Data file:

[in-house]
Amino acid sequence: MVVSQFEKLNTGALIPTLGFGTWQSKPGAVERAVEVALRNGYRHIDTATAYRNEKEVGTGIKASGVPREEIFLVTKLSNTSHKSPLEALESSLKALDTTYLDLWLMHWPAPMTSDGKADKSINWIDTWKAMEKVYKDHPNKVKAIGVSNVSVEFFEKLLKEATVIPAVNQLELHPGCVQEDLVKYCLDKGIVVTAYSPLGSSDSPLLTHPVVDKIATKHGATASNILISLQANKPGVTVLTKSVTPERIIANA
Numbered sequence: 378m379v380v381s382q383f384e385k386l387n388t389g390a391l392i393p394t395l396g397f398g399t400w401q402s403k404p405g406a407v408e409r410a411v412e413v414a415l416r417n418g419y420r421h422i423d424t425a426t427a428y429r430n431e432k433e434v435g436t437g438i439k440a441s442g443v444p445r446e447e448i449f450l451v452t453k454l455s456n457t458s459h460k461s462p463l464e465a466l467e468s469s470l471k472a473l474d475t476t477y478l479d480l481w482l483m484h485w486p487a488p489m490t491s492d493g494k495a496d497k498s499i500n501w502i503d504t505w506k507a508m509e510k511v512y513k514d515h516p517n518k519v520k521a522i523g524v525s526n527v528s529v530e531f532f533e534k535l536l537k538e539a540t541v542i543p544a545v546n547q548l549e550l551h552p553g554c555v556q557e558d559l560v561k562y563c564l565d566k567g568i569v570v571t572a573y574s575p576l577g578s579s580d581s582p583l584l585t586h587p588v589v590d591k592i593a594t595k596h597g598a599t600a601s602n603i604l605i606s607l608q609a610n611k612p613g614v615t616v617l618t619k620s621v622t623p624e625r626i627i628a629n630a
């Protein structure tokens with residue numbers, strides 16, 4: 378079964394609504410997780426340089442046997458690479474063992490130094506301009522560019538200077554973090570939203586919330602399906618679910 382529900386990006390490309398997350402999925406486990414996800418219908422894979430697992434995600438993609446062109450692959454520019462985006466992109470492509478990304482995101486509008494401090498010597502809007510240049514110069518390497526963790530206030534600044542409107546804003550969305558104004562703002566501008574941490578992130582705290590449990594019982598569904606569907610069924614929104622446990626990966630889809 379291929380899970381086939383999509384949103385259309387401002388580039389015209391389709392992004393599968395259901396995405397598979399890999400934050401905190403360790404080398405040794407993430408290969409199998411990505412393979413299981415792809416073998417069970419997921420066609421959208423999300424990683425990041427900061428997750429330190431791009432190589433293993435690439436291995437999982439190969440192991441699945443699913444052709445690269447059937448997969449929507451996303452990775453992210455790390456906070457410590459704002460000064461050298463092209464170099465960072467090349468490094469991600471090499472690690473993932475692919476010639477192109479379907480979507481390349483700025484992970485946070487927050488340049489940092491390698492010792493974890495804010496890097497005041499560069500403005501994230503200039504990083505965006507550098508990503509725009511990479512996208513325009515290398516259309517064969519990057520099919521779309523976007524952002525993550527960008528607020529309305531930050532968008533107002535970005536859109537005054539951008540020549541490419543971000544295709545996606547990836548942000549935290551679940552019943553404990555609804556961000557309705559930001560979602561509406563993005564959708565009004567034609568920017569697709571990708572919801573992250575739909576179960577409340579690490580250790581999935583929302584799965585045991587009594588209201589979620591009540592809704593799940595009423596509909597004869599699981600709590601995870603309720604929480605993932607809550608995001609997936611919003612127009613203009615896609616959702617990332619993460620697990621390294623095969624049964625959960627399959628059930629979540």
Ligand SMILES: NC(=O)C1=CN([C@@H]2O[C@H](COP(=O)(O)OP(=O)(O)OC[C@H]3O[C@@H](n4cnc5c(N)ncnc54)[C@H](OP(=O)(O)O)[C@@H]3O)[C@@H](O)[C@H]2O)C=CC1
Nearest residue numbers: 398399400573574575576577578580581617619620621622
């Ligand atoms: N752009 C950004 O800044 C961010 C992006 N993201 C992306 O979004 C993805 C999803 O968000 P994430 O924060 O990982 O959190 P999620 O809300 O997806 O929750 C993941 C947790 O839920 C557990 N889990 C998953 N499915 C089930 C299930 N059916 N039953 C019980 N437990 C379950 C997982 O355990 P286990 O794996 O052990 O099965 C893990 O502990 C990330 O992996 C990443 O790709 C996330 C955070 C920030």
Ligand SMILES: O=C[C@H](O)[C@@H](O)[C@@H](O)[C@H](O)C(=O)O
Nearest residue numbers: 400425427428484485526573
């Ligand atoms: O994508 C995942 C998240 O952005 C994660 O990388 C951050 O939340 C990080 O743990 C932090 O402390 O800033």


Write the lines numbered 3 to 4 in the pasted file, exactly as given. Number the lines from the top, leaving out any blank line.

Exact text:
Numbered sequence: 378m379v380v381s382q383f384e385k386l387n388t389g390a391l392i393p394t395l396g397f398g399t400w401q402s403k404p405g406a407v408e409r410a411v412e413v414a415l416r417n418g419y420r421h422i423d424t425a426t427a428y429r430n431e432k433e434v435g436t437g438i439k440a441s442g443v444p445r446e447e448i449f450l451v452t453k454l455s456n457t458s459h460k461s462p463l464e465a466l467e468s469s470l471k472a473l474d475t476t477y478l479d480l481w482l483m484h485w486p487a488p489m490t491s492d493g494k495a496d497k498s499i500n501w502i503d504t505w506k507a508m509e510k511v512y513k514d515h516p517n518k519v520k521a522i523g524v525s526n527v528s529v530e531f532f533e534k535l536l537k538e539a540t541v542i543p544a545v546n547q548l549e550l551h552p553g554c555v556q557e558d559l560v561k562y563c564l565d566k567g568i569v570v571t572a573y574s575p576l577g578s579s580d581s582p583l584l585t586h587p588v589v590d591k592i593a594t595k596h597g598a599t600a601s602n603i604l605i606s607l608q609a610n611k612p613g614v615t616v617l618t619k620s621v622t623p624e625r626i627i628a629n630a
């Protein structure tokens with residue numbers, strides 16, 4: 378079964394609504410997780426340089442046997458690479474063992490130094506301009522560019538200077554973090570939203586919330602399906618679910 382529900386990006390490309398997350402999925406486990414996800418219908422894979430697992434995600438993609446062109450692959454520019462985006466992109470492509478990304482995101486509008494401090498010597502809007510240049514110069518390497526963790530206030534600044542409107546804003550969305558104004562703002566501008574941490578992130582705290590449990594019982598569904606569907610069924614929104622446990626990966630889809 379291929380899970381086939383999509384949103385259309387401002388580039389015209391389709392992004393599968395259901396995405397598979399890999400934050401905190403360790404080398405040794407993430408290969409199998411990505412393979413299981415792809416073998417069970419997921420066609421959208423999300424990683425990041427900061428997750429330190431791009432190589433293993435690439436291995437999982439190969440192991441699945443699913444052709445690269447059937448997969449929507451996303452990775453992210455790390456906070457410590459704002460000064461050298463092209464170099465960072467090349468490094469991600471090499472690690473993932475692919476010639477192109479379907480979507481390349483700025484992970485946070487927050488340049489940092491390698492010792493974890495804010496890097497005041499560069500403005501994230503200039504990083505965006507550098508990503509725009511990479512996208513325009515290398516259309517064969519990057520099919521779309523976007524952002525993550527960008528607020529309305531930050532968008533107002535970005536859109537005054539951008540020549541490419543971000544295709545996606547990836548942000549935290551679940552019943553404990555609804556961000557309705559930001560979602561509406563993005564959708565009004567034609568920017569697709571990708572919801573992250575739909576179960577409340579690490580250790581999935583929302584799965585045991587009594588209201589979620591009540592809704593799940595009423596509909597004869599699981600709590601995870603309720604929480605993932607809550608995001609997936611919003612127009613203009615896609616959702617990332619993460620697990621390294623095969624049964625959960627399959628059930629979540």